Tom C., MS MA, LMHC - Private practice Psychotherapist
Bellingham, Washington, U.S.A: (360) 920-1226
<< removed_email_address@domain.invalid >> (email)
<< TomCloyd.com >> (website)
<< sleightmind.wordpress.com >> (mental health weblog)
~~~~~~~~~~~~~~~~~~~~~~~~~~~~~~~~~~~~~~~~~~~~~~~~~~~~~~~~~
Tom C. (Guest)
on 2009-04-17 18:41
(Received via mailing list)
Ben L. wrote:
>> Utils:Module (NoMethodError)
>>
>> Thanks,
>>
>> Tom
>>
>>
>
> Hi,
>
> Why are you eval'ing this?
Because the name of one of my two modules isn't known until class
instantiation time. It could literally be anything. That said, I'm not
at all sure my approach is the best. It's just the only one I could
think of. It's also my very first use of eval, and it well may be poorly
chosen.
> This works:
>
> eval("include Utils; Utils.orph_chk")
>
Hmm. I tried that, and got some kind of method error on the "include". I
studied it for a good long while and simply couldn't see the problem.
> I would think it has something to do with your binding when you eval.
>
Yeah, me two. I've never even thought about binding issues before, but I
sure am now!

Thanks for your thoughts.

t.

--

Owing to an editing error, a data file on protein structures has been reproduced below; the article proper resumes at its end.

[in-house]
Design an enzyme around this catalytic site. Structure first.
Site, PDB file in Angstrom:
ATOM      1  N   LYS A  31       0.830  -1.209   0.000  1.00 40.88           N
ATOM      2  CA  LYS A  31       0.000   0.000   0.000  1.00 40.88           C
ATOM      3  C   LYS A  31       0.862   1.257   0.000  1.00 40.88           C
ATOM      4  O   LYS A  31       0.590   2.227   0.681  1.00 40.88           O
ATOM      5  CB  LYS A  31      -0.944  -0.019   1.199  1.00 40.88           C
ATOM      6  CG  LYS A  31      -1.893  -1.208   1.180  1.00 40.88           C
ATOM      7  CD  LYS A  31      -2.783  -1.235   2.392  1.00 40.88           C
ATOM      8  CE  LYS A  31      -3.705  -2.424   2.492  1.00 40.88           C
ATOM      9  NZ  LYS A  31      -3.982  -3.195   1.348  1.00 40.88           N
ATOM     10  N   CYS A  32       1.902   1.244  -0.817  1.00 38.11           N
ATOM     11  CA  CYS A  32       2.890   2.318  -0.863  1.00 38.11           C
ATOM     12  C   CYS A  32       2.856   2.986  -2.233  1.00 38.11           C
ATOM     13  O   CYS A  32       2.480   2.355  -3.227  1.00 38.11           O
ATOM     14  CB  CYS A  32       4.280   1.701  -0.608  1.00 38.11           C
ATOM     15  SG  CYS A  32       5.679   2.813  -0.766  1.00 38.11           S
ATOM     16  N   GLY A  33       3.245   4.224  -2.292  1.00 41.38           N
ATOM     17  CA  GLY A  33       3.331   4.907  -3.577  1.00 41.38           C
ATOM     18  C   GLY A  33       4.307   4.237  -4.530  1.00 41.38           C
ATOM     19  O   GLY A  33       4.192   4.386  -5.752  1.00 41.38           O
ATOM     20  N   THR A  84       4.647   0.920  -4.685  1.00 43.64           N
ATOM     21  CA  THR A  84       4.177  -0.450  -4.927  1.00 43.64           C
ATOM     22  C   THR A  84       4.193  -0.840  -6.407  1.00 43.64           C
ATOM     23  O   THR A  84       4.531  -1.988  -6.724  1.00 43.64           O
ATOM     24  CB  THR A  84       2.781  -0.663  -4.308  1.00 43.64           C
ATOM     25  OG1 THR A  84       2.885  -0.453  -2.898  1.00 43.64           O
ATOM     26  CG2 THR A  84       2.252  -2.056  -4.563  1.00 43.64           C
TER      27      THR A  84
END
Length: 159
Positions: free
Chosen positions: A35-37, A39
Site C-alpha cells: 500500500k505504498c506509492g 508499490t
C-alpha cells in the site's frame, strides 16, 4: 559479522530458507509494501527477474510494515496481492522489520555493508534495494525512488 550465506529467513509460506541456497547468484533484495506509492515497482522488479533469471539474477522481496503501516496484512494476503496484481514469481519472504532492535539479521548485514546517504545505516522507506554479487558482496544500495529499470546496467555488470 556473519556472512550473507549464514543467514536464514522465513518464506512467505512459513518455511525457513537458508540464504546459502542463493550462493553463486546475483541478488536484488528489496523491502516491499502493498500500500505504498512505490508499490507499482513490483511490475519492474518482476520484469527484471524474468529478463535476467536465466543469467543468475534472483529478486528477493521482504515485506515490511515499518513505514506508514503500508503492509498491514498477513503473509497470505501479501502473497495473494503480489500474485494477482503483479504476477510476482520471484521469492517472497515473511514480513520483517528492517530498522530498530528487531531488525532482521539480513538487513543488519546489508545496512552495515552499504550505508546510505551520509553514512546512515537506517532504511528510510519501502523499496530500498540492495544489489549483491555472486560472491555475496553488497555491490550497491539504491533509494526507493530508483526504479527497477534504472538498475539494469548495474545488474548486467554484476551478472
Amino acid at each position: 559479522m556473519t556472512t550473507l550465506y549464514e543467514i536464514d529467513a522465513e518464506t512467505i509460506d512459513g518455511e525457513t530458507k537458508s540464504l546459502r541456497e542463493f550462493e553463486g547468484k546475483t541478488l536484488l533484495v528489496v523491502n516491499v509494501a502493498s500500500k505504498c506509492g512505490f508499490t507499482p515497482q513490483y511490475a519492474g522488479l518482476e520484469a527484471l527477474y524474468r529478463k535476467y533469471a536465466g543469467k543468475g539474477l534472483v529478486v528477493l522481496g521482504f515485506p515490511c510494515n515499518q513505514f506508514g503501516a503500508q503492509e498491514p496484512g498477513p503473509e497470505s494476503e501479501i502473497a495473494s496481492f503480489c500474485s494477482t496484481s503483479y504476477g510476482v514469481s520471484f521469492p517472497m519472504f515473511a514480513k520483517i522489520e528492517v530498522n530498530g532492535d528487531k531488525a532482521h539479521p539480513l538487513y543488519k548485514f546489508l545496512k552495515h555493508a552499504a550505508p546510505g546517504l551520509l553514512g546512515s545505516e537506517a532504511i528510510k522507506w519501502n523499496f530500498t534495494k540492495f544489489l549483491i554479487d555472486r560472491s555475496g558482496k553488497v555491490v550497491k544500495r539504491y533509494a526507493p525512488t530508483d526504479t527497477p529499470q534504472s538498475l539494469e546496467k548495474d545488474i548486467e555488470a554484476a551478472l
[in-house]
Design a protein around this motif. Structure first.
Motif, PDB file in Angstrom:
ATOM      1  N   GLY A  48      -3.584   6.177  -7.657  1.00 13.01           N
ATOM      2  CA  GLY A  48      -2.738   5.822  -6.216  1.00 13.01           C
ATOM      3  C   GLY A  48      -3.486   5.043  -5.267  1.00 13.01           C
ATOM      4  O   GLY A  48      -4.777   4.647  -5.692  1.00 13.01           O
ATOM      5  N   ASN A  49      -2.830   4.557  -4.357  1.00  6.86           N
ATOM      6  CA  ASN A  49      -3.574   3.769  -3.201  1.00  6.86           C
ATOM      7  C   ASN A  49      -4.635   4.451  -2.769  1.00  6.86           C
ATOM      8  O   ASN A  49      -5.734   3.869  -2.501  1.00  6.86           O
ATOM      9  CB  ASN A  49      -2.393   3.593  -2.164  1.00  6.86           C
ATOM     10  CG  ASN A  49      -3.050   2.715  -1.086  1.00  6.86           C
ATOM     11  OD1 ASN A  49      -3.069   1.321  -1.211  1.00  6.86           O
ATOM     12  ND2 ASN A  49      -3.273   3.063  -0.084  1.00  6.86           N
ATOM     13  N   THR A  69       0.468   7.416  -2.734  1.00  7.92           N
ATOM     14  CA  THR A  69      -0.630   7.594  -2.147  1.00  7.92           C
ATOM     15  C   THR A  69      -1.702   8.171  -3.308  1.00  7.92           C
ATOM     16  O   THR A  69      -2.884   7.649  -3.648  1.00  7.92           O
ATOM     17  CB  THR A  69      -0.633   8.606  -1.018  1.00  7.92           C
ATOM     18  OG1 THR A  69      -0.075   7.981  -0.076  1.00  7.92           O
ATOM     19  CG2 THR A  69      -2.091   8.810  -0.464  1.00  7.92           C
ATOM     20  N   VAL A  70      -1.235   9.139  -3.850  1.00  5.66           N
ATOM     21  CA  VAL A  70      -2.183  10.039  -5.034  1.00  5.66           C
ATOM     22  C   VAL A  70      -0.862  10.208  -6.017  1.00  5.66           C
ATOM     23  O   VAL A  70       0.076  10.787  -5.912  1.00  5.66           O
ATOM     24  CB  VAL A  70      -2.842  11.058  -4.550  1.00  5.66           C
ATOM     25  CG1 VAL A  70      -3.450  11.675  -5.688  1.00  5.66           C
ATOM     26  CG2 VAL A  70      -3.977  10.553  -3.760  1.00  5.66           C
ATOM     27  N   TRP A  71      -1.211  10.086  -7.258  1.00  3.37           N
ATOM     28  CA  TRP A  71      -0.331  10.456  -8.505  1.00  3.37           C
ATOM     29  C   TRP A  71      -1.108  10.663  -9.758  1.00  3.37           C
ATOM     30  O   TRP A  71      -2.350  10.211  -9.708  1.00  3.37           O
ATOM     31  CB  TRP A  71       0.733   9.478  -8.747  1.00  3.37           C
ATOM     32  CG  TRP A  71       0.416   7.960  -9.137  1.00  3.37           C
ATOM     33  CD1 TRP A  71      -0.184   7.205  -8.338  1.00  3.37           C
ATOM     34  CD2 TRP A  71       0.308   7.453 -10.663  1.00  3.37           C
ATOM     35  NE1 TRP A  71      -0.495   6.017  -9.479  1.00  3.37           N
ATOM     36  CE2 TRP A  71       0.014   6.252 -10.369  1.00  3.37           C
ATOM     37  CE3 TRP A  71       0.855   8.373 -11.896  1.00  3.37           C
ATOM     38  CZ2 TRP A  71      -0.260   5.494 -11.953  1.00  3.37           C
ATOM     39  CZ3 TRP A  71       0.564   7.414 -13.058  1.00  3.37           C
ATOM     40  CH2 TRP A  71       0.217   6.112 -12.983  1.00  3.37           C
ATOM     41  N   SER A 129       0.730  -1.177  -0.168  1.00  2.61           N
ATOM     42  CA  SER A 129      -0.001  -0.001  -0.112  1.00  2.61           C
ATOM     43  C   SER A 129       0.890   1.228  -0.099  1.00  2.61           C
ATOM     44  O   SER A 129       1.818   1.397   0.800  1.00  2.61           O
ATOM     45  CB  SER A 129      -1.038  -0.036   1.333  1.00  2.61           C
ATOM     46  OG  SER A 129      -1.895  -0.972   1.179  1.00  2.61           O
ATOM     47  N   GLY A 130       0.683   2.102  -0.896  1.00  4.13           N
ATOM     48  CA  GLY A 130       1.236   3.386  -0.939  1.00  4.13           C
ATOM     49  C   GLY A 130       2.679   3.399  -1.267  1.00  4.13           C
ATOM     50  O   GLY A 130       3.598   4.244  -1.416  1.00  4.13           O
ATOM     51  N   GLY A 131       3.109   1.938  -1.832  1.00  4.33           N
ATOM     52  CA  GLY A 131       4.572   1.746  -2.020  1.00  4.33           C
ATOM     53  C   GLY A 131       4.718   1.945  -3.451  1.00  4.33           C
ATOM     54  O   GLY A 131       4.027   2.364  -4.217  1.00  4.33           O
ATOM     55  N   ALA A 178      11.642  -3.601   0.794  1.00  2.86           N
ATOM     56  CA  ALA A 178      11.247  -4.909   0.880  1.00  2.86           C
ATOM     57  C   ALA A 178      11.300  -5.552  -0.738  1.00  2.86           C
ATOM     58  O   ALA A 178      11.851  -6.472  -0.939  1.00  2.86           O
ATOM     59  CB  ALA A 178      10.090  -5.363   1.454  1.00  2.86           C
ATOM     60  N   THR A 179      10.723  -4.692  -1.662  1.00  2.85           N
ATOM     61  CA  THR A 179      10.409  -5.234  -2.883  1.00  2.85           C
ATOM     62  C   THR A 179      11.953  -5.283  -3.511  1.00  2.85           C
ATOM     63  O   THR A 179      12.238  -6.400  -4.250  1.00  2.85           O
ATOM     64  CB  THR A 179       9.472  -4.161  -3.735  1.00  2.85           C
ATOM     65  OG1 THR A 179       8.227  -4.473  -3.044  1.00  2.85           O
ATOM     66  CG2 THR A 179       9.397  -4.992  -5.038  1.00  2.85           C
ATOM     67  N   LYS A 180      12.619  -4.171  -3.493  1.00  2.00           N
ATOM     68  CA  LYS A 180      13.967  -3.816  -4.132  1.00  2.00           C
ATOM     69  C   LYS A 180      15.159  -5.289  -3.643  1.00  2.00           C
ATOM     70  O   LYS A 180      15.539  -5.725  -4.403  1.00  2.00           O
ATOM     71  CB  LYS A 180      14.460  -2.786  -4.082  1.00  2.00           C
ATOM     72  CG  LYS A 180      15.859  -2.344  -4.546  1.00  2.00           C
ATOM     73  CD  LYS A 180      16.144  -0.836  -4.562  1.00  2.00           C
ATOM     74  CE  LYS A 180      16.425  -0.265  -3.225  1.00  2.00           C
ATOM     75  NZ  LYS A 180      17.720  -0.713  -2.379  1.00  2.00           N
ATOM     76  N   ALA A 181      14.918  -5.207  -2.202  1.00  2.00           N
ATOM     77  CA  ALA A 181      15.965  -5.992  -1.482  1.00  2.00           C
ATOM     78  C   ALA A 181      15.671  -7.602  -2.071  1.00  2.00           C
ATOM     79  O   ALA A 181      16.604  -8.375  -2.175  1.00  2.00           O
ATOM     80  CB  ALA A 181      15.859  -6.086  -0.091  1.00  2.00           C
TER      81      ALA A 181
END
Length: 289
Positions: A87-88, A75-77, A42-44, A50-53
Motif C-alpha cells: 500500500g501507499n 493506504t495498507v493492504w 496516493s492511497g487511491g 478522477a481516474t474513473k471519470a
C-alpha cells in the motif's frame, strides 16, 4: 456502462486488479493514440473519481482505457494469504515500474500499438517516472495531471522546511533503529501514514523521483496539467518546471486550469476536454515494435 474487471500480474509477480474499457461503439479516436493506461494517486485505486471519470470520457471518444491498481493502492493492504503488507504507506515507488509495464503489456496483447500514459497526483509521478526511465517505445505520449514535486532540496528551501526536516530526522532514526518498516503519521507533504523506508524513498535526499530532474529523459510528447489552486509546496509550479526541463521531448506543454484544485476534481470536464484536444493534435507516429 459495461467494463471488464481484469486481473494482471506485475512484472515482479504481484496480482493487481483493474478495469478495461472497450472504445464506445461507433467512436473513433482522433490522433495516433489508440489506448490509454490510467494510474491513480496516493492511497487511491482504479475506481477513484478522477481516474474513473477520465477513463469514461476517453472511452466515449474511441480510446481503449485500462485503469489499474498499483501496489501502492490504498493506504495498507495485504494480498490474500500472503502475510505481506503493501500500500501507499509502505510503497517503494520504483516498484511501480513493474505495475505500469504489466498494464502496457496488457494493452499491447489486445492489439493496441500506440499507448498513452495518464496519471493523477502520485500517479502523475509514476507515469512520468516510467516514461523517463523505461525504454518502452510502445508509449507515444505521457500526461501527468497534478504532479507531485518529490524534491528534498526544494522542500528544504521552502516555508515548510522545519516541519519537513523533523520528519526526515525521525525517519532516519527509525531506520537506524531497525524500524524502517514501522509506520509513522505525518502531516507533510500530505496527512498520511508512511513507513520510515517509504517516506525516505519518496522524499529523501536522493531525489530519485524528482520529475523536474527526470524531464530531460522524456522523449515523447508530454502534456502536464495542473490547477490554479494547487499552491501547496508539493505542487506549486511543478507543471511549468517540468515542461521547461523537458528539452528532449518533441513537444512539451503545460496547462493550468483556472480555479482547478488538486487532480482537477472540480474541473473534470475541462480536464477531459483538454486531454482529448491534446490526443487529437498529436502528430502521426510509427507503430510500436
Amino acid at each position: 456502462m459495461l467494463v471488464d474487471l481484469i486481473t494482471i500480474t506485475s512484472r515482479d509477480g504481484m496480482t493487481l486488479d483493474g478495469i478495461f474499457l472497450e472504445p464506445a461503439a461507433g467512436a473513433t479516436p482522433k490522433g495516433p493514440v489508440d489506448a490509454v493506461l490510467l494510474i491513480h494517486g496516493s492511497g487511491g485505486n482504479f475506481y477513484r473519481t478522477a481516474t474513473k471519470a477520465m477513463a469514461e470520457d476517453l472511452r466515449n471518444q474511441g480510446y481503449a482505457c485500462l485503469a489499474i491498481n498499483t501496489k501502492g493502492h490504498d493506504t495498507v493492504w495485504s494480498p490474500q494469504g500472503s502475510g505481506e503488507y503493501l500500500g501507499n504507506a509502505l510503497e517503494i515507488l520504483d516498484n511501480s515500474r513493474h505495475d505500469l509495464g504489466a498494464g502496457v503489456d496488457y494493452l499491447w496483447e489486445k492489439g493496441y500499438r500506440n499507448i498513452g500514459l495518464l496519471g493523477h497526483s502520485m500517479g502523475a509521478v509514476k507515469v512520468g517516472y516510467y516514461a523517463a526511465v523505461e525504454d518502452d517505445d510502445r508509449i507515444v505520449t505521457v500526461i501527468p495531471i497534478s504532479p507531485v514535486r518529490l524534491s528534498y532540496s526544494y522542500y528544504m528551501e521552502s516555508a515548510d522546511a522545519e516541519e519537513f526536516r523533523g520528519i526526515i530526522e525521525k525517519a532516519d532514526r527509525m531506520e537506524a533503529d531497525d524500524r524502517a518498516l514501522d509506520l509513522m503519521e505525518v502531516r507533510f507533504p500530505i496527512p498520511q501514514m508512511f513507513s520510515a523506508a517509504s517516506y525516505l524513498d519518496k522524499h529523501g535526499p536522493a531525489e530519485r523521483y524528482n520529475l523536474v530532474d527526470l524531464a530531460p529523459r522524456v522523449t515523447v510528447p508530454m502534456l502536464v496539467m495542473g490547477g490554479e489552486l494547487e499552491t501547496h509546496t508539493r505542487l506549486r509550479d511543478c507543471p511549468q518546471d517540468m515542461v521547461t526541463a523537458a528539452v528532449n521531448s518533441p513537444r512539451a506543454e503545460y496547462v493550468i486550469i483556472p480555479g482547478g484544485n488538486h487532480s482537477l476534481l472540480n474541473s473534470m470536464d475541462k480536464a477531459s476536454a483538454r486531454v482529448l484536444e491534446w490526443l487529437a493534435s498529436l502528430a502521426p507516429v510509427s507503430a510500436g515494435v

~~~~~~~~~~~~~~~~~~~~~~~~~~~~~~~~~~~~~~~~~~~~~~~~~~~~~~~~~
Tom C., MS MA, LMHC - Private practice Psychotherapist
Bellingham, Washington, U.S.A: (360) 920-1226
<< removed_email_address@domain.invalid >> (email)
<< TomCloyd.com >> (website)
<< sleightmind.wordpress.com >> (mental health weblog)
~~~~~~~~~~~~~~~~~~~~~~~~~~~~~~~~~~~~~~~~~~~~~~~~~~~~~~~~~
Suraj K. (Guest)
on 2009-04-18 03:18
James C. wrote:
> You've defined an instance method, not a module method. The method as
> you define it will appear in classes that use 'include Utils'. To get a
> module method, define it on self:
>
> module Utils
>   MENU = [ ... ]
>
>   def self.orph_chk
>     # ...
>   end
> end

Alternatively, you could use module_function() to make the instance
method a class method on the module:

module Utils
  def orph_chk
    # ...
  end

  module_function :orph_chk
end


Now you can either call the method directly (Utils.orph_chk) or mix it
in (include Utils; orph_chk).  So you can have your cake and eat it too!
Tom C. (Guest)
on 2009-04-18 19:47
(Received via mailing list)
Suraj K. wrote:
>>     # ...
>   end
>
>   module_function :orph_chk
> end
>
>
> Now you can either call the method directly (Utils.orph_chk) or mix it
> in (include Utils; orph_chk).  So you can have your cake and eat it too!
>
Hmmm. This is most interesting. Ruby amazes me every day. So much
built-in cleverness. And now this, which I've never seen anywhere. I'll
study up on it. Thanks very much for the heads up,

Tom

--

~~~~~~~~~~~~~~~~~~~~~~~~~~~~~~~~~~~~~~~~~~~~~~~~~~~~~~~~~
Tom C., MS MA, LMHC - Private practice Psychotherapist
Bellingham, Washington, U.S.A: (360) 920-1226
<< removed_email_address@domain.invalid >> (email)
<< TomCloyd.com >> (website)
<< sleightmind.wordpress.com >> (mental health weblog)
~~~~~~~~~~~~~~~~~~~~~~~~~~~~~~~~~~~~~~~~~~~~~~~~~~~~~~~~~